Only 2 families were crossing the border into Sinai on their way to the casino. The Bedouin taxi drivers looked out for the tourists that were too afraid to come. Israelis have lost faith in Sinai.
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Crossing into to Egypt was easy; the officials were friendly. At the border we were met by Hassan, an old friend, and an honest and loyal one at that.
Sinai has changed quite a bit over the past 30 years, ever since it was turned over to Egyptian rule. The coast became a paradise for tourists, and the mountains turned into opium and cannabis fields.
Drugs, weapons smuggled into Israel
Over the past decade, the north of the peninsula has turned into a smuggling region. Drugs, women, refugees, and weapons make their way into Israel, while cars and stolen goods are sneaked into Sinai.
The tribes of northern Sinai - the Tarabin and Ahiwat – have become the primary players in the smuggling business. The Egyptian security forces were too corrupt and too weak to control them. The result was a no man's land.
Then came the revolution. The tribes realized that the time has come to pressure the Egyptians to pay them for protection. The Tarabin - the biggest tribe, whose territory stretches from El Arish to Nuweiba and all the way to the Israeli border – launched an attempt to redefine the law in Sinai.
The Egyptians are aware of the development, and are fighting against it. It is now the army that's in charge there, not the corrupt police.
Hassan says that it is unfair to blame the Egyptians for the recent terror attacks. There are dozens of kilometers of border preceded by 60,000 square kilometers of mountainous terrain. This is not Gaza; people can sneak through the wadis, he claims. He is right.
Within the Tarabin tribe, it is the youth that's in charge of the smuggling.
"You should believe me that among the Tarabin there are many who are against it, but the culture has changed," he says. "Now there are many young people who make a lot of money by smuggling, trafficking and growing opium. But we are talking among the tribes to stop it."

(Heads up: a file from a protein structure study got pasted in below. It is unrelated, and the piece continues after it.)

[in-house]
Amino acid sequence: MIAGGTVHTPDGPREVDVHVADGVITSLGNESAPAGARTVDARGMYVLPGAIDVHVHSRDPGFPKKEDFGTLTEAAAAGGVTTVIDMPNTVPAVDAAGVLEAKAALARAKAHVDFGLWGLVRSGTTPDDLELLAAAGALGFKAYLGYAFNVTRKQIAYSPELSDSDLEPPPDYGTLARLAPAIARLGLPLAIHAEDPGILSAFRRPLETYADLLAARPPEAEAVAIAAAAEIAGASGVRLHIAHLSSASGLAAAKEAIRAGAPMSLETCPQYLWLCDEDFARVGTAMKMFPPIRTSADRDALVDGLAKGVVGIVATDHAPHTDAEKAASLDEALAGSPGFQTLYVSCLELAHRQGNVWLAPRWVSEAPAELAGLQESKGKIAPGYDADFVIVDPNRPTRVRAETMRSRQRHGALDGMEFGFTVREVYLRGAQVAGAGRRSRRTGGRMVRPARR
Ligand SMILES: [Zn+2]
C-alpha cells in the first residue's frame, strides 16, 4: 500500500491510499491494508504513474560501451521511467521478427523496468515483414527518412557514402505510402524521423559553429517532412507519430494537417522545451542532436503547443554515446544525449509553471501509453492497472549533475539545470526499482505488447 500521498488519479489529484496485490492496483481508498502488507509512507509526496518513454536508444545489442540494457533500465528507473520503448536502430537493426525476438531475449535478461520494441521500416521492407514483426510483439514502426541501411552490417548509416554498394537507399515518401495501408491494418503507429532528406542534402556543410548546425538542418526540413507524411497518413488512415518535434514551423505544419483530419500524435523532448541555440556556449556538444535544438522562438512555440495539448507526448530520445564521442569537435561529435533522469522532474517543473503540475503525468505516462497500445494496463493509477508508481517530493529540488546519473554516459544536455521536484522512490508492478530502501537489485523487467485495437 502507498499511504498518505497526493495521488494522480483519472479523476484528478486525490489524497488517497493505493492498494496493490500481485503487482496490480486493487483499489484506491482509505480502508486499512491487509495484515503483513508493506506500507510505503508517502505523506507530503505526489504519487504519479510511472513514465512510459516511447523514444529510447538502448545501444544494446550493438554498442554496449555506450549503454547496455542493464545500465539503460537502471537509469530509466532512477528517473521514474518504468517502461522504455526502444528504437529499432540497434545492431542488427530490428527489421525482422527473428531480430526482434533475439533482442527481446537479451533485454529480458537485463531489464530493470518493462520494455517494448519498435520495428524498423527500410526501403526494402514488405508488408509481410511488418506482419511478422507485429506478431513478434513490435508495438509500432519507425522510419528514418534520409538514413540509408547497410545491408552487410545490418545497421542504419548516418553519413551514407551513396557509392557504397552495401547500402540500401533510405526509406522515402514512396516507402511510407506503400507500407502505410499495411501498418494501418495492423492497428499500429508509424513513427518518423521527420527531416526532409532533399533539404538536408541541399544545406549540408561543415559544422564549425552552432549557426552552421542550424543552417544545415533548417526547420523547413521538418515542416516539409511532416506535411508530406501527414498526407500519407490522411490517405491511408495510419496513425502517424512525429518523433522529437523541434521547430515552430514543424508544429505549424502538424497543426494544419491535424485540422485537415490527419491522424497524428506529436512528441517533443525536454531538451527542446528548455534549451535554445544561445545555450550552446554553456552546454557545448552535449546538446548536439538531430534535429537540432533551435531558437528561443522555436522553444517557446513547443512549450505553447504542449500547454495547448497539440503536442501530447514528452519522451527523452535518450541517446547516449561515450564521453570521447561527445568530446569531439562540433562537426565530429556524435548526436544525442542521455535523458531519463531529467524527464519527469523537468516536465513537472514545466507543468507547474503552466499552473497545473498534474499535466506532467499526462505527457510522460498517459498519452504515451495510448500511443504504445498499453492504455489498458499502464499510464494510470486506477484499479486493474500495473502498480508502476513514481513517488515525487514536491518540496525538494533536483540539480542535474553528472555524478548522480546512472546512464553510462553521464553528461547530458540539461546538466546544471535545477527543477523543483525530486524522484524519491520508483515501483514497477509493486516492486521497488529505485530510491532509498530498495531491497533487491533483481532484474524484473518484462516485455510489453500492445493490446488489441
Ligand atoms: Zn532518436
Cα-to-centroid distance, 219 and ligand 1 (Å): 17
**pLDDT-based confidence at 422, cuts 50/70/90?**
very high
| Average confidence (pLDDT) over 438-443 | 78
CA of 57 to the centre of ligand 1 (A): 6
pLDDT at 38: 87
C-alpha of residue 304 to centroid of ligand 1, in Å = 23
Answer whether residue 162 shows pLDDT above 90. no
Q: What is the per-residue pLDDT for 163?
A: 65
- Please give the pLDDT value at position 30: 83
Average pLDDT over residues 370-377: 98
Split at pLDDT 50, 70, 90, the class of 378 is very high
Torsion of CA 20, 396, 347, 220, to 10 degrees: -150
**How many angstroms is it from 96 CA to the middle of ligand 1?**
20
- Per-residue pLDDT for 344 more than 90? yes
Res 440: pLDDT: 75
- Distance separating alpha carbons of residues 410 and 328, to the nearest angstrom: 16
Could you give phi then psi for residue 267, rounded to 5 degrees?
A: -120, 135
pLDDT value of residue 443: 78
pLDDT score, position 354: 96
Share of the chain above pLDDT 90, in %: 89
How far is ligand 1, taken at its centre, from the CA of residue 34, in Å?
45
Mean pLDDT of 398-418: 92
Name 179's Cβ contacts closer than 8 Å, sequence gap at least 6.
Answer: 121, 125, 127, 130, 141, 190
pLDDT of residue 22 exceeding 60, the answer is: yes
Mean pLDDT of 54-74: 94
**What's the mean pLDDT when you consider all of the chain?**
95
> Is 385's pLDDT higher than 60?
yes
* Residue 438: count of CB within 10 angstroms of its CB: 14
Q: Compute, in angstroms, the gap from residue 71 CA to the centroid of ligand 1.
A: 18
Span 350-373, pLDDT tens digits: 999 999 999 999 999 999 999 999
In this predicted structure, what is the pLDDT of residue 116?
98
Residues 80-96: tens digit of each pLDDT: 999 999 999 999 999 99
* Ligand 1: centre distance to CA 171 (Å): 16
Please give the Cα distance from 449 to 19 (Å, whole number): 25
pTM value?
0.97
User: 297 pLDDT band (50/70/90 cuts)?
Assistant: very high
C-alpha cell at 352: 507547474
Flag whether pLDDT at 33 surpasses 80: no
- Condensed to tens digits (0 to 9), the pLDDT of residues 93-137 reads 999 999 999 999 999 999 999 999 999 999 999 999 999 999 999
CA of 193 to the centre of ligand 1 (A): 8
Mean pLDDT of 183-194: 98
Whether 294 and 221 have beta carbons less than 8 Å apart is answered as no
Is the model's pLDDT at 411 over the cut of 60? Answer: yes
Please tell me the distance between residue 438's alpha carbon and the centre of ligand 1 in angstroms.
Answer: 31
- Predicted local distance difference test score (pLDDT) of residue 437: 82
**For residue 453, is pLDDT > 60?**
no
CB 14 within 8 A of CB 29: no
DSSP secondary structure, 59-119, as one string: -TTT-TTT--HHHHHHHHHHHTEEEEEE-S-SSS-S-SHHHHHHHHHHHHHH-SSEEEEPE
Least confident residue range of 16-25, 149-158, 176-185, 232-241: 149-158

'We will protect any Israeli'Sinai is a poor region, and money can buy anything. Big money comes in from Lebanon, the Gaza Strip and Iran.
I ask Hassan if he knows that there are people in Israel who want the Israeli army to come in and take care of the networks that are flowing the money in.
"No way," he says. "The Egyptian army won't let you. It's a bad idea. You should block the border on your side and let the Egyptians bring order to Sinai."
Can they? I ask.
"I can't be sure about it, but there is a new Sinai governor, who is an army man."
At that moment, the new leader's convoy passes us by on its way from Taba to Nuweiba.
"This is the army, not the police," Hassan continues. "They don't play games. They shoot to kill and they are honest. And they want to show that Sinai is part of Egypt."
And what about the Bedouins?
"We shall protect any Israeli that comes on our territory," he says. "We have guards in the wadis. It is the main road that I'm afraid of. Too many people that we don't know can come from the north. But the army controls the roads now.
"Listen," Hassan says. "There are bad people, and their families are bad. But on the day they die, their children will die with them. This is the Bedouin law."
Sinai is quiet. There are still Israelis camping along the beach, enjoying the water and the calm. Everything looks quite safe.
It seems that if the Israeli government avoids invading Egyptian territory, and investigates the killing of the Egyptian soldiers hastily, cooperation will be restored and the fight for Sinai's control will still have a chance.
If Israel shall think that there is a vacuum in Sinai, the threat of clash shall become a real one.
In the meantime, the sea is as beautiful as ever.
Tzur Shezaf is Ynet's special correspondent to Sinai
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